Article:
Sponsored By
An organization or individual has paid for the creation of this work but did not approve or review it.



Fighting the bite: Residents get a little slap happy watching mosquito crews

Some people run inside their houses when Britt Swenson drives by. Others try to wave her over to their yards, yell "Drive slower!" or pretend to slap away mosquitoes. "It's so funny; they make me laugh," said Swenson, a 20-year-old art student an...


Some people run inside their houses when Britt Swenson drives by.

Others try to wave her over to their yards, yell "Drive slower!" or pretend to slap away mosquitoes.

"It's so funny; they make me laugh," said Swenson, a 20-year-old art student and a driver of a Moorhead mosquito-spraying truck.

Swenson is just one member of a metrowide army waging war on the cities' mosquitoes. In Moorhead, Fargo and Cass County, 40 seasonal and permanent workers fight full time against the insects. It's a battle to which Cass County dedicates $600,000 annually and Moorhead budgets $150,000.

Local programs and employee numbers have grown in the wake of the mosquito-borne West Nile virus.


With the aid of citywide fees, Fargo added nine of its own seasonal workers last summer to supplement Cass County's work, and Moorhead doubled its full-time mosquito-fighting staff this summer by hiring one person to help Swenson full time.

Starting early in the morning, the mosquito fighters - mostly college students free for the summer - spread pellets in standing water to eradicate mosquito larvae and spray parks and other hot spots to kill the adult insects.

They carry heavy backpack sprayers on foot, or reach inaccessible breeding grounds and wet ditches on all-terrain vehicles. When things get bad, they enter the neighborhoods, cruising at 10 mph down residential streets, with mosquito spray spewing from a fogger in the bed of a pickup.

So far, the cities have not pulled out their ultimate weapon - aerial spraying. Though contracts are in place, allowing city commissions to order the planes up at any time, that final, expensive option won't be used anytime soon, said Cass County Engineer Keith Berndt.

This year, mosquito levels have started rising much more slowly than during last year's warm, wet summer, he said.

"I don't think we're to that level yet," he said.

That's partially because of workers like Ben Prather, a 19-year-old supervisor in Fargo's mosquito control program.

Earlier this week, Prather practiced a nearly daily routine - dipping a white cup at the end of a metal pole into stagnant ditch water. He pored over the results, looking for black mosquito larvae in the mix of muck and other wriggly things.


"You can find 50, 60, 100 in a dip sometimes; the water is black," Prather said.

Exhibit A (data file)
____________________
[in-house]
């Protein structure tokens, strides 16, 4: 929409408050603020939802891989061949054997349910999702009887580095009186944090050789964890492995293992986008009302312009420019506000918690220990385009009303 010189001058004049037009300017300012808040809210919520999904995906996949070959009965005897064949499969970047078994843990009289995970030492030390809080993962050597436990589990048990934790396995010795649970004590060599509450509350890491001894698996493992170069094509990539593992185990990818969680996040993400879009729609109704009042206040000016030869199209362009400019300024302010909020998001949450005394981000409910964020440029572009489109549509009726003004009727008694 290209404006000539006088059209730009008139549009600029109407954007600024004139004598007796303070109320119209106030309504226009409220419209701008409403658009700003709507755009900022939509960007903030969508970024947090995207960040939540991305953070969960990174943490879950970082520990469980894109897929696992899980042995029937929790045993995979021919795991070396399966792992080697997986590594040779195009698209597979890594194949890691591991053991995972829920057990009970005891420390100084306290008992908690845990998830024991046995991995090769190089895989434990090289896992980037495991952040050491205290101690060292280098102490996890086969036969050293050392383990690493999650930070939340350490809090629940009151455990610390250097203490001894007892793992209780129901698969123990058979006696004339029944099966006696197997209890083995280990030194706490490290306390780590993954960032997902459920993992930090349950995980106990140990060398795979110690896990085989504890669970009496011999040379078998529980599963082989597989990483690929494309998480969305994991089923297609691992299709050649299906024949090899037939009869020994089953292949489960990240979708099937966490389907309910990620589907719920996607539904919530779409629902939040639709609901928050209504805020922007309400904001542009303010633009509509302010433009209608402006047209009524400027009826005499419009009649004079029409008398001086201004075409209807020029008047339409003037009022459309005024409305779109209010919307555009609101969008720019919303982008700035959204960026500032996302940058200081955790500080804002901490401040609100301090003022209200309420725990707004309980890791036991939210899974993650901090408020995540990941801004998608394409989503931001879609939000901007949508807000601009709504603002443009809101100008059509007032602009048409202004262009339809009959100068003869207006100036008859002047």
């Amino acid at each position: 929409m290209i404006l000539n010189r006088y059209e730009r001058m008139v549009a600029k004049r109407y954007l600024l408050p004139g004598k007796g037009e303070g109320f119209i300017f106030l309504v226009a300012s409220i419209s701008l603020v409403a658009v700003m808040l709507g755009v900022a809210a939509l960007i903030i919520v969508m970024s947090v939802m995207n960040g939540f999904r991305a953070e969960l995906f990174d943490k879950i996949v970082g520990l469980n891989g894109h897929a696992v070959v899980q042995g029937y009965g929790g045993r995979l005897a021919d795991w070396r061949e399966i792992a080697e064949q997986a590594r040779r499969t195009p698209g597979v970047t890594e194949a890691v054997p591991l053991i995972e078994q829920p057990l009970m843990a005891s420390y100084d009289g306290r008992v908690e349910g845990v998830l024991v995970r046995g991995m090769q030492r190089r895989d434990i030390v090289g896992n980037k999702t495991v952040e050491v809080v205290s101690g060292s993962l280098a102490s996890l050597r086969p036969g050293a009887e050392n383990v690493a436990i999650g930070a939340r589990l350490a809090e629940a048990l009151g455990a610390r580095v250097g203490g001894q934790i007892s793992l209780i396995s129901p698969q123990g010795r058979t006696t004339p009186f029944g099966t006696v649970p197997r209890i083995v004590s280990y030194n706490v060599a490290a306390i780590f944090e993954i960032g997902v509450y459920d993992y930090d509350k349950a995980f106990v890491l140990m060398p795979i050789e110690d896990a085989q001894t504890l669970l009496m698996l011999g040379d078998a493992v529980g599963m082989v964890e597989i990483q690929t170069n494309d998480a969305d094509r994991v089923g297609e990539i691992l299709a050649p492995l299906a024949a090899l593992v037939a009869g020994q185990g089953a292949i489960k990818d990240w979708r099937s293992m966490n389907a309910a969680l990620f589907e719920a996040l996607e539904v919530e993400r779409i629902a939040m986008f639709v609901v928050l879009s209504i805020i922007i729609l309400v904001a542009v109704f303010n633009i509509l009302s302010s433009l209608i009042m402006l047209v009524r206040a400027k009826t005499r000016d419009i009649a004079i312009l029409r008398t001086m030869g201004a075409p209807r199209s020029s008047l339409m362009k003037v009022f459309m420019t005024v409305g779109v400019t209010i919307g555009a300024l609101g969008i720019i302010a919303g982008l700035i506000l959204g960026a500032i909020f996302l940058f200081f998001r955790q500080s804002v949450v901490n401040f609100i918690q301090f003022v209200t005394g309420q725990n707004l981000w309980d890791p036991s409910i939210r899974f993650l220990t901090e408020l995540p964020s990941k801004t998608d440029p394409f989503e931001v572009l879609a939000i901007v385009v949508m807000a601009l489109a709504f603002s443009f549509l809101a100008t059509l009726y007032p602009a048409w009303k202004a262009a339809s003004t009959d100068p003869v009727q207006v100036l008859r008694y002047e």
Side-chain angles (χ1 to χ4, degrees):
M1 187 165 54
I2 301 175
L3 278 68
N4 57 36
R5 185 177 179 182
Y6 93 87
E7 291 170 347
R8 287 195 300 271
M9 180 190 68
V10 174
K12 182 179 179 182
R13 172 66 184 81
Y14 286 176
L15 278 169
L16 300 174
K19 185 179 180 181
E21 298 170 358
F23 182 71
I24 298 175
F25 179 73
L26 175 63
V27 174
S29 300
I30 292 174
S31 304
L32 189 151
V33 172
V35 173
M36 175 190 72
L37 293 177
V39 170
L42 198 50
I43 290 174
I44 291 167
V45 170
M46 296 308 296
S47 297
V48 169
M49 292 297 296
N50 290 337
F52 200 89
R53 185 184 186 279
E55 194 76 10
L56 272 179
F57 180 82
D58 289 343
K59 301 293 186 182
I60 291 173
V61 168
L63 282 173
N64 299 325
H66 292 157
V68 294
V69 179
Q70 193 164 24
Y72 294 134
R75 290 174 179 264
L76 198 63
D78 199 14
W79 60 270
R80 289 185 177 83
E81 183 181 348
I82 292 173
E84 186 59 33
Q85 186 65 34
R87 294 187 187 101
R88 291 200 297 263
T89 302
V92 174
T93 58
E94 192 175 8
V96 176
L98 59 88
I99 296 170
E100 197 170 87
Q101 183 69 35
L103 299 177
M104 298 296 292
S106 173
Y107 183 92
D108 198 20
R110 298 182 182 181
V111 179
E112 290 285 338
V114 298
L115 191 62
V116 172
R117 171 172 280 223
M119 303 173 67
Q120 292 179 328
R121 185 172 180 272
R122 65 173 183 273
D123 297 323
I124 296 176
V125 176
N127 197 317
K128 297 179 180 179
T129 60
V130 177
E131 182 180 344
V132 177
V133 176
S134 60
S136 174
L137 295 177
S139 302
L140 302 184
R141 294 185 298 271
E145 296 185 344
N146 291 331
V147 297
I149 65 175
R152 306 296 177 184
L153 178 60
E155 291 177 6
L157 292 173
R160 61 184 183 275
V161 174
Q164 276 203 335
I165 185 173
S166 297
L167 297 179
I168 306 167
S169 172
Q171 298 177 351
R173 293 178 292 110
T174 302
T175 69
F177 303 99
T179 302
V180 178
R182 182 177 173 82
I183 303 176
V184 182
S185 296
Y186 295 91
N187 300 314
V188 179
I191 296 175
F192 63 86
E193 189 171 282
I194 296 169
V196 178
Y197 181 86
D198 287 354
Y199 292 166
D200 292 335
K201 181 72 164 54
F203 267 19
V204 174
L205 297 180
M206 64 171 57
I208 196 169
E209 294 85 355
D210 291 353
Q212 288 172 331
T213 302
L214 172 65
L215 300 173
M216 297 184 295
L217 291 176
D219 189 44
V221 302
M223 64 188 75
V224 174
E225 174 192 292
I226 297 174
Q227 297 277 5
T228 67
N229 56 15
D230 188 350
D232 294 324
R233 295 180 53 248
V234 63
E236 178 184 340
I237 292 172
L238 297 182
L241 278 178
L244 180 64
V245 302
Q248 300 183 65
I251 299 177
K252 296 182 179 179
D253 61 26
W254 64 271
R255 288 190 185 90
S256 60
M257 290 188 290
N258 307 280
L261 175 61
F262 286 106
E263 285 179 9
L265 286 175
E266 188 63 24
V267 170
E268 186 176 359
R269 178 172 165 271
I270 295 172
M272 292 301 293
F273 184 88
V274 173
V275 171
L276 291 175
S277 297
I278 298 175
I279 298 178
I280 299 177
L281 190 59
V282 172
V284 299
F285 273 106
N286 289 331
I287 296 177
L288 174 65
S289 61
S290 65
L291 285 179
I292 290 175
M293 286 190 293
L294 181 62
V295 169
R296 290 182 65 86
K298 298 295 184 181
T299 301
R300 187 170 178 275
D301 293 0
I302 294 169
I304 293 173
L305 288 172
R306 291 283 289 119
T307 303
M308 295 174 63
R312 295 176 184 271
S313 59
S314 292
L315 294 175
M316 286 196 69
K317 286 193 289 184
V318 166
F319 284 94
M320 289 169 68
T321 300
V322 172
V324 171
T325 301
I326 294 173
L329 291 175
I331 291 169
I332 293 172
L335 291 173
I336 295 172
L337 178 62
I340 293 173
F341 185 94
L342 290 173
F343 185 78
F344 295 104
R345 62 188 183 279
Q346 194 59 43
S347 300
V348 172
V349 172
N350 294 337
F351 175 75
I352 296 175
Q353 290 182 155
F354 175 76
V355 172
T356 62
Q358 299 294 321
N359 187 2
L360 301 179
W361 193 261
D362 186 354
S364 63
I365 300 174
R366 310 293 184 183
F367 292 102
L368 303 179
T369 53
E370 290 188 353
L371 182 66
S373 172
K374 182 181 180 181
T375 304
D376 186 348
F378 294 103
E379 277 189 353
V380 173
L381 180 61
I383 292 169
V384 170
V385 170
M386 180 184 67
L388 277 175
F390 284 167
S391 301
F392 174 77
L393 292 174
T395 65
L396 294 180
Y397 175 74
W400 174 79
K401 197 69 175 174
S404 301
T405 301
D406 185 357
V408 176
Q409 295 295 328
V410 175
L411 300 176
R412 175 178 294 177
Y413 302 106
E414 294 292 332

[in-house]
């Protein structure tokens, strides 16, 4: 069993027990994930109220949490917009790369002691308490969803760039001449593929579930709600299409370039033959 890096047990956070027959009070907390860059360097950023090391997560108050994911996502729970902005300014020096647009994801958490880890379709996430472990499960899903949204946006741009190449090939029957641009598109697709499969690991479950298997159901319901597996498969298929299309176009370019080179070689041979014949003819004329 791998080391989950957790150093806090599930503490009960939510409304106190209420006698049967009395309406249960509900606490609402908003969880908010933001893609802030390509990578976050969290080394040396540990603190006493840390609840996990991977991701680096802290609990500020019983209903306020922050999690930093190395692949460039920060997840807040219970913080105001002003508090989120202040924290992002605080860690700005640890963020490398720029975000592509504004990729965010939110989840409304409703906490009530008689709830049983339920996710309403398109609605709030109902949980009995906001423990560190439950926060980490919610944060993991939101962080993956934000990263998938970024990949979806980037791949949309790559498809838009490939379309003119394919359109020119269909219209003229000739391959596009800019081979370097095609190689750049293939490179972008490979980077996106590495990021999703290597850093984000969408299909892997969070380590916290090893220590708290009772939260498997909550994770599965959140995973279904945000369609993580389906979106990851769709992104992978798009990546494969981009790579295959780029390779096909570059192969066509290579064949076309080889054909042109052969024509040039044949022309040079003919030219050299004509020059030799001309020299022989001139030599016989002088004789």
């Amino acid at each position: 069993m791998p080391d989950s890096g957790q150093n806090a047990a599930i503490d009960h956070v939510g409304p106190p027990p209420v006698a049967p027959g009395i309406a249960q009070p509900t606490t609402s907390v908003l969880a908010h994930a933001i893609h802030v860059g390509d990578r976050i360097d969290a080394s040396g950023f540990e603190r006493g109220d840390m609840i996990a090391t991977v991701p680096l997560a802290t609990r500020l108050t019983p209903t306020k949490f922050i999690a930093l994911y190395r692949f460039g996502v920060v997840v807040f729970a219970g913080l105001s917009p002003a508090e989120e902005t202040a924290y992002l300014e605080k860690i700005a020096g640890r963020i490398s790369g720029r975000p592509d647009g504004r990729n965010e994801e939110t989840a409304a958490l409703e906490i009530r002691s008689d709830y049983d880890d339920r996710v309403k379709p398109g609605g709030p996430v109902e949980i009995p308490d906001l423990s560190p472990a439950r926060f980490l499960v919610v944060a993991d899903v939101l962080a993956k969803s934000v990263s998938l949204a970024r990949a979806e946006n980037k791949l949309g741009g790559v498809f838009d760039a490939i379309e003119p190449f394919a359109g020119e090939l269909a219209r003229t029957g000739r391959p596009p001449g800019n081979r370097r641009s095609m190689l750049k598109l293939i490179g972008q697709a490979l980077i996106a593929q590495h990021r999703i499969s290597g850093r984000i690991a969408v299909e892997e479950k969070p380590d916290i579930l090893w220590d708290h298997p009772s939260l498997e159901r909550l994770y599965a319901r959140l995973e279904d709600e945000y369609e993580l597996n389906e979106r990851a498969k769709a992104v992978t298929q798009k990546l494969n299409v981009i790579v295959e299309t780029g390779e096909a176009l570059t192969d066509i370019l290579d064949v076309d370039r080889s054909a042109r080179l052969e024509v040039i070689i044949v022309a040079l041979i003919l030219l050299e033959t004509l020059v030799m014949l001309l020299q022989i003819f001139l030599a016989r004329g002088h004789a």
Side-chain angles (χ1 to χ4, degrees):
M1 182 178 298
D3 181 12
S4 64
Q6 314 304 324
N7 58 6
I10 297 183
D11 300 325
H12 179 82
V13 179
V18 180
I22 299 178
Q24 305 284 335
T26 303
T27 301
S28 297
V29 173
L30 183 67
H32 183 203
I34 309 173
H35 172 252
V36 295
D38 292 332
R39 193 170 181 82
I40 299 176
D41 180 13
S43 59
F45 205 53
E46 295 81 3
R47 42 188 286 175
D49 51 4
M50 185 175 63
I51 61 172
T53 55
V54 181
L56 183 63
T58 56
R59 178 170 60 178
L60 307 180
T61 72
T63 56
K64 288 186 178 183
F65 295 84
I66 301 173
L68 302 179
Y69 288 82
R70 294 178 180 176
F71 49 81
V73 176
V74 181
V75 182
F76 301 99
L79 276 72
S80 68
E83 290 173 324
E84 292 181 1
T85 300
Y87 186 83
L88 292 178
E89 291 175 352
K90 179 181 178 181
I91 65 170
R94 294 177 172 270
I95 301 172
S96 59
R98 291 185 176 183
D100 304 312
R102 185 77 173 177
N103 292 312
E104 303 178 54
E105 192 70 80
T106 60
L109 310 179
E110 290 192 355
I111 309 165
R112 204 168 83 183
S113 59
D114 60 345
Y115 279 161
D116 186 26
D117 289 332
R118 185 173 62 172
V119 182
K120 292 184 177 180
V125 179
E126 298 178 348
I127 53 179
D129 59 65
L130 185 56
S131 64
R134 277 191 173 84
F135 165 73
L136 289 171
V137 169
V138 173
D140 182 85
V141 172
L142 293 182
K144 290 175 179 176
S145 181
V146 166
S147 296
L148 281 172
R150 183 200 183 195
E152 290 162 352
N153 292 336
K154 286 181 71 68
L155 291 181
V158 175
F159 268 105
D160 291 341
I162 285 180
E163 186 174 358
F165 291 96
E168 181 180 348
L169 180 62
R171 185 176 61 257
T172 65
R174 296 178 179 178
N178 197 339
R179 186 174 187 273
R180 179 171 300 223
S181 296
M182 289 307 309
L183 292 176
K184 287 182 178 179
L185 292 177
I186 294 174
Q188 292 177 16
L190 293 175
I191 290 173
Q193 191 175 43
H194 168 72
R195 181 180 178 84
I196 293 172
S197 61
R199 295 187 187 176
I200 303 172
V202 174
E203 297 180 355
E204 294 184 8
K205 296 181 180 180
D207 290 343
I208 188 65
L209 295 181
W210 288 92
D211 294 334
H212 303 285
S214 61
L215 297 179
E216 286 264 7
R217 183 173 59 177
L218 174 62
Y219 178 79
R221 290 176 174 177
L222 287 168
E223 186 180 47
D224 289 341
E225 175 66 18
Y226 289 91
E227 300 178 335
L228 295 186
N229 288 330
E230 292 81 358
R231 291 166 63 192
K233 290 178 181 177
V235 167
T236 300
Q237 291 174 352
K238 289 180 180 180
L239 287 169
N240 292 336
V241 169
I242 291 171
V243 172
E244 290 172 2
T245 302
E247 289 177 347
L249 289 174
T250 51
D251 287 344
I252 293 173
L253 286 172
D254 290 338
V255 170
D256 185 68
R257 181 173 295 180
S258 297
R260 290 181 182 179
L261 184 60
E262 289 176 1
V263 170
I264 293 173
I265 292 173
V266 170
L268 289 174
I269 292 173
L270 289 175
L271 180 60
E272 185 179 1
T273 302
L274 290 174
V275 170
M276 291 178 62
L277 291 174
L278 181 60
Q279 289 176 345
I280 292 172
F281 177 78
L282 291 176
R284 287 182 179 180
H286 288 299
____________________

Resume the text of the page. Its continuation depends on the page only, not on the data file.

That wasn't the case this time. Prather's investigations up and down a long ditch near Fargo's Pepsi Soccer Complex - one of the last places in the city that harbors standing water - turned up only a handful of larvae.

Soccer players can thank the Fargo mosquito control workers for that. Twice previously this summer, crews had treated the ditches with larvaecide - a chemical that kills the immature mosquitoes and works for several weeks, Prather said.

The modest results of the inspection were still enough to send Jason Tritchler and Kelly Bjoralt out on an ATV, tricked out with a modified leaf blower and a boat seat on the back. Sitting in the back seat, Bjoralt pelted the ditch with a stream of tiny corn cob pellets carrying the larvaecide chemical.

Fargo crews use the same equipment for "barrier spraying" - treating hot spot areas for adult mosquitoes. In the brush along the Red River, for example, wait hordes of adult mosquitoes hoping for a wind to waft them up to Riverside Cemetery or the Fargo Country Club.

Spraying adults isn't as efficient as killing larvae, but it still cuts down numbers, said Prather, steering his ATV through a patch of just-sprayed long grass to watch the few straggling mosquitoes fly out.

"It's like a never-ending battle, but I think we're doing better than ever (before)," he said.

Back in Moorhead, Swenson also said this year's fight has been easier than the last three she's worked for the city.


With an extra mosquito control employee, Swenson can spread chemicals from a pickup instead of by hand. She's also got someone to help with her daily dig through the city's mosquito traps, counting out the offending insects with tweezers and determining whether city-wide fogging is needed.

"It's a lot better - things are 10 times easier," she said.

Readers can reach Forum reporter Joy Anderson at (701) 241-5556

What To Read Next
Get Local